The Power of Positive Thinking

Leaves and branches,
Oscilloscopes tracing
Wind from gathering storms,
Taunt my habit
Of hunting curses
under each blessing
And copping exhaustion
To avoid getting the shakes
From a momentary lapse
Of despair. Sunlight
Always gets me down,
Keeping me inside lest
It warm my eyelids and ask me to rest
In a dangerously peaceful grace.

I’m not sure I know
How to say something earnest
when nothing is weighing me down,
Not sure how to speak
An uplifting word
Without the ashes
Of profanity
Clinging to my tongue.
There is a way of seeking joy
That requires
Gouging out one’s eyes,
And I like looking
Too much to try it,
Even on sale.

It’s easier to look
For beauty in the dark,
Glowing brighter the farther from
What is plainly seen.
If I learned to listen
A little more
To the upbeat bass line
Throbbing beneath
The frantic tenor
Of making ends meet,
Maybe I’d have
A little more
Levity
though I’d speak less.

That’s when I start to laugh,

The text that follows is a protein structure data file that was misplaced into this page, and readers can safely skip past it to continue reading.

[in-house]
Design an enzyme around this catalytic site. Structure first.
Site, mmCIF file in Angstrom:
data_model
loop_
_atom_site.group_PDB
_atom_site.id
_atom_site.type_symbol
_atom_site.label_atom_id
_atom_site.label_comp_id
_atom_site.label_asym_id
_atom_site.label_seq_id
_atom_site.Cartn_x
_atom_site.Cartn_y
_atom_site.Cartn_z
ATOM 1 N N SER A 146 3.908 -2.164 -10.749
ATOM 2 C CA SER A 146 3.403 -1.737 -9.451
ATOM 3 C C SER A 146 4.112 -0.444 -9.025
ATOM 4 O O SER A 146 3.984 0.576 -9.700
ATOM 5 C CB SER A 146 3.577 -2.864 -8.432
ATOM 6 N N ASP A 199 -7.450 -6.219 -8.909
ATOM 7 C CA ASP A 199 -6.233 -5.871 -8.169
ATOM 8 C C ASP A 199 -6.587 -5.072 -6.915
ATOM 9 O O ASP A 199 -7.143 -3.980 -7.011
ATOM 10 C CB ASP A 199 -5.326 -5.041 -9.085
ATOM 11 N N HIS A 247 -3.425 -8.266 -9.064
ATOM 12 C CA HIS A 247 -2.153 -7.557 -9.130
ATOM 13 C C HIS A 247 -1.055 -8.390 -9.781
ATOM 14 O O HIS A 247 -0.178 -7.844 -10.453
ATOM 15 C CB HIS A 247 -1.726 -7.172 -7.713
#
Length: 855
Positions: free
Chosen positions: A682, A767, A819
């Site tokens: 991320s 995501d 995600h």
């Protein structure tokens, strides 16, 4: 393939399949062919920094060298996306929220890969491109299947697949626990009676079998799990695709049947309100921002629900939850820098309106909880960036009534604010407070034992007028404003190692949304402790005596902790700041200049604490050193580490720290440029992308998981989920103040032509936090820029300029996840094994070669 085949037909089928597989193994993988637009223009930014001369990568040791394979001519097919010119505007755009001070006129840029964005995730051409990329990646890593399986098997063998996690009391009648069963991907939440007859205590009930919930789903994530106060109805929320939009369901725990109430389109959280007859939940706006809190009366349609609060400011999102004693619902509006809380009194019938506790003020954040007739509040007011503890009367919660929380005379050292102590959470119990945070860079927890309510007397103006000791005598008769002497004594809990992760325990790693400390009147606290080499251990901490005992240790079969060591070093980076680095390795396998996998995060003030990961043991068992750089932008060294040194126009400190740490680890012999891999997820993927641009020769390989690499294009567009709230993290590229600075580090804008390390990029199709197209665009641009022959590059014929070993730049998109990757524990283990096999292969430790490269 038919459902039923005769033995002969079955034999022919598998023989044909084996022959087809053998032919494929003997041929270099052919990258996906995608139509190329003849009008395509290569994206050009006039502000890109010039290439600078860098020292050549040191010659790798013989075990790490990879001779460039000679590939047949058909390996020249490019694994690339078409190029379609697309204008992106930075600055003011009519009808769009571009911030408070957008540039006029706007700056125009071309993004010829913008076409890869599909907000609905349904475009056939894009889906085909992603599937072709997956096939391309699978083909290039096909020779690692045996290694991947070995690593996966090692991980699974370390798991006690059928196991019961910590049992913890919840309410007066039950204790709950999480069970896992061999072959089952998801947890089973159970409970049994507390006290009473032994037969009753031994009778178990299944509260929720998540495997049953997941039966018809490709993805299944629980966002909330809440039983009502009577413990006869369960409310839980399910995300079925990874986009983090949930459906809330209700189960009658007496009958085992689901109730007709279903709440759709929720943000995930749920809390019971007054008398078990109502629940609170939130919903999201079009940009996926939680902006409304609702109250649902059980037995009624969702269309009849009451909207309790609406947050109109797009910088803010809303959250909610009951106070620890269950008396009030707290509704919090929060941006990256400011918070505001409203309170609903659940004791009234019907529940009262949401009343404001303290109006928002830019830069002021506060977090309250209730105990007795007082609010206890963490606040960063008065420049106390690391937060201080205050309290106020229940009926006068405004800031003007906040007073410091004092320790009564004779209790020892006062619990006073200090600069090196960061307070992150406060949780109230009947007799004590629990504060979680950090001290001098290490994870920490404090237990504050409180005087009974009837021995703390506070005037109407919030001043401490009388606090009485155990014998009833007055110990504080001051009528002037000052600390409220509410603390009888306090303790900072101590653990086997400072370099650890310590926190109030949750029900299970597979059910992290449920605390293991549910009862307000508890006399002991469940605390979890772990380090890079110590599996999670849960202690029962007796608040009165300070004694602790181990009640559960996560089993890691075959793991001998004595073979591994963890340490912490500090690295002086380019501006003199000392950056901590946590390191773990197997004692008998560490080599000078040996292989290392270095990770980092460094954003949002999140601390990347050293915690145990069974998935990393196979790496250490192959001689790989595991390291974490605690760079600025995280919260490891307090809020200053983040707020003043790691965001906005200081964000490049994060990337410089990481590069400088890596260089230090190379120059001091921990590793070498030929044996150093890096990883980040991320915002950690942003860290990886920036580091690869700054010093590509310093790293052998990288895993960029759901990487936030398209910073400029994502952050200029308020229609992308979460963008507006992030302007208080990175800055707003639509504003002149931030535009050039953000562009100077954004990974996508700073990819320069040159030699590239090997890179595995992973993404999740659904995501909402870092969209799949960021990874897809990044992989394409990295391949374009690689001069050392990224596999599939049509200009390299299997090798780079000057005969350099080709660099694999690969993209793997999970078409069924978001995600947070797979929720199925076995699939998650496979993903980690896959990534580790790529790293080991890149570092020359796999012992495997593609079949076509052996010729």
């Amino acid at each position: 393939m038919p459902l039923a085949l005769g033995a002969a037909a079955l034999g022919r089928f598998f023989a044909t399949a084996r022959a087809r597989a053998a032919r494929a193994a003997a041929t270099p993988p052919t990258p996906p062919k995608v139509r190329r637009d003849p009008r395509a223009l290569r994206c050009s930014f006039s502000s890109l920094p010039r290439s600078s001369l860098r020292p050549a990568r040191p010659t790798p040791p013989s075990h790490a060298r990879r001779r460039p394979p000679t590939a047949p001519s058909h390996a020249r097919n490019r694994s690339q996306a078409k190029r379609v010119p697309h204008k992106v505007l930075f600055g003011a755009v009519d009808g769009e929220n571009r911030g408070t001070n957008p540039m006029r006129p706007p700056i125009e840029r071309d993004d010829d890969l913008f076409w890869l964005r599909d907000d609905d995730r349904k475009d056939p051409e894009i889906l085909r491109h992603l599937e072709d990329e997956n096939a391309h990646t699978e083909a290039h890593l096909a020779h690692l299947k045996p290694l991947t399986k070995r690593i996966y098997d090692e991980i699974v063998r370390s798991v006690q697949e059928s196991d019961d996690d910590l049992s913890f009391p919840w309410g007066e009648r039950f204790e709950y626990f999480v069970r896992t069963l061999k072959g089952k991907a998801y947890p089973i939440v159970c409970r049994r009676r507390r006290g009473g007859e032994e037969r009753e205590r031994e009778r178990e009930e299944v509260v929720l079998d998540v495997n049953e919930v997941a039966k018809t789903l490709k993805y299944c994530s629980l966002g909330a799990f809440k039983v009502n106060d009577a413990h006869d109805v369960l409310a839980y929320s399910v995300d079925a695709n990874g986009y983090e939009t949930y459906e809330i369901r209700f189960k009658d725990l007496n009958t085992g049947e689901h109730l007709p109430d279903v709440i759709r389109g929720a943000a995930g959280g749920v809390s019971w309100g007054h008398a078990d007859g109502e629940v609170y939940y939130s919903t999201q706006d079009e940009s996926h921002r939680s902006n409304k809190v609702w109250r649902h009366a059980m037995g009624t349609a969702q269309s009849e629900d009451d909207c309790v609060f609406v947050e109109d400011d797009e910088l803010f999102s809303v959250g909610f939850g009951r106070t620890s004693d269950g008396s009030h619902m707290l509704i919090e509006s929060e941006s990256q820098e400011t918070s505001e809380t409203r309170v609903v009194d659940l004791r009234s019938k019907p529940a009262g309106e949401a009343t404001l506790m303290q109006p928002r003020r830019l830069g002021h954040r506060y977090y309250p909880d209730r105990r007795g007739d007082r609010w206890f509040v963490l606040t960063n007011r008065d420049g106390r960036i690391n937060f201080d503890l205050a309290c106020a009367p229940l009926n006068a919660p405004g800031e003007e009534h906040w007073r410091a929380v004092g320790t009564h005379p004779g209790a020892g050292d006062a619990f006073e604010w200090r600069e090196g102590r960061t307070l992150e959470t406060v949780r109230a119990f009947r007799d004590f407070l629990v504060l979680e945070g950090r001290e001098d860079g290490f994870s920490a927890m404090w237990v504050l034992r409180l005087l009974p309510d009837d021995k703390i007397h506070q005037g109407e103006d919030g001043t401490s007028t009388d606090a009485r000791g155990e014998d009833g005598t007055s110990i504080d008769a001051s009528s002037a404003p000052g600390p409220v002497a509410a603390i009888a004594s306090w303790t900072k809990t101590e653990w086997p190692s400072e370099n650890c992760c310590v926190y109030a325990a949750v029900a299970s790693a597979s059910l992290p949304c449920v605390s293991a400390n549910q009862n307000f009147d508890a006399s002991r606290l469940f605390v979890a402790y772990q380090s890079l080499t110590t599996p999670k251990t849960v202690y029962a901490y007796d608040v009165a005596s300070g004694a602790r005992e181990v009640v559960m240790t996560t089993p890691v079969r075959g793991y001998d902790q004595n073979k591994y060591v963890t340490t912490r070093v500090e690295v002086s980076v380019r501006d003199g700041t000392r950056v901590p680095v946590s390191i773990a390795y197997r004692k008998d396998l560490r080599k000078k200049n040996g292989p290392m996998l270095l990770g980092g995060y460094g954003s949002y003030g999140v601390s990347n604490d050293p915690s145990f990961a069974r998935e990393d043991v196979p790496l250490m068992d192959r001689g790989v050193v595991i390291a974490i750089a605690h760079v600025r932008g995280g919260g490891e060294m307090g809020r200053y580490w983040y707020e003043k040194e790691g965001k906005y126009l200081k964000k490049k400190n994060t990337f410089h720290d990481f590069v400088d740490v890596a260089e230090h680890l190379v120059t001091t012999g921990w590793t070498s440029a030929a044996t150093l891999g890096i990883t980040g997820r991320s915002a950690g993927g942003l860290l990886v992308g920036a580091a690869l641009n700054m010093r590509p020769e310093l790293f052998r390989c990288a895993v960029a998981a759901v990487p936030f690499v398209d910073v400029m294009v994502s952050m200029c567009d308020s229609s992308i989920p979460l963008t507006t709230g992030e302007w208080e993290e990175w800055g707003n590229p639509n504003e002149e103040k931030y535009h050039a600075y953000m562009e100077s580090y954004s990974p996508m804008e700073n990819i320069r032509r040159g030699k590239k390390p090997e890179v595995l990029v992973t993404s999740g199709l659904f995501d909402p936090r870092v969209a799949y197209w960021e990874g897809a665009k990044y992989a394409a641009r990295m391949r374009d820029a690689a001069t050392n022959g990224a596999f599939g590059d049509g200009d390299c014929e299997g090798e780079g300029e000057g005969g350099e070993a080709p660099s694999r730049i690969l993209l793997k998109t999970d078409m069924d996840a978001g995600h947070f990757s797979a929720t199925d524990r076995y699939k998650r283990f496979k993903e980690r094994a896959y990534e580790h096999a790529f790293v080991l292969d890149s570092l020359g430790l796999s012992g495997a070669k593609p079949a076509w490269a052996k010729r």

Catching the joke
That fear is only joy
Hiding behind
Something we will not understand
Until it passes us by.
This is what the trees
Tried to say when
In the early morning
They stood, still and bronzed
In the rosy mist,
But I couldn’t hold
A smile long enough
To muster robust thanks.

Now that they scratch
One another and flail
Before the advance
Of autumn air,
I see plainly what comeliness
The failing light wants to hide
Where the glimmer is weakest.
How carelessly we fall
Back into hope.
So little a splash
Of fuel on a smoldering wick
Sets a lamp flickering, for you
Cannot burn out
What had never been lit.

Image: Clouds and trees in slanted light, my front yard in Tennessee, August 2020.

Rendering

I’ve a new business to start this week,
My wife has a pain in her heel,
My son’s wagon needs a new wheel,
My daughter’s got an aching tooth,
Our horse is limping on one hoof.
With all this and more weighing us down,
We are going to worship the emperor today.

The ox tripped and broke a horn;
A cart full of grapes in the ditch.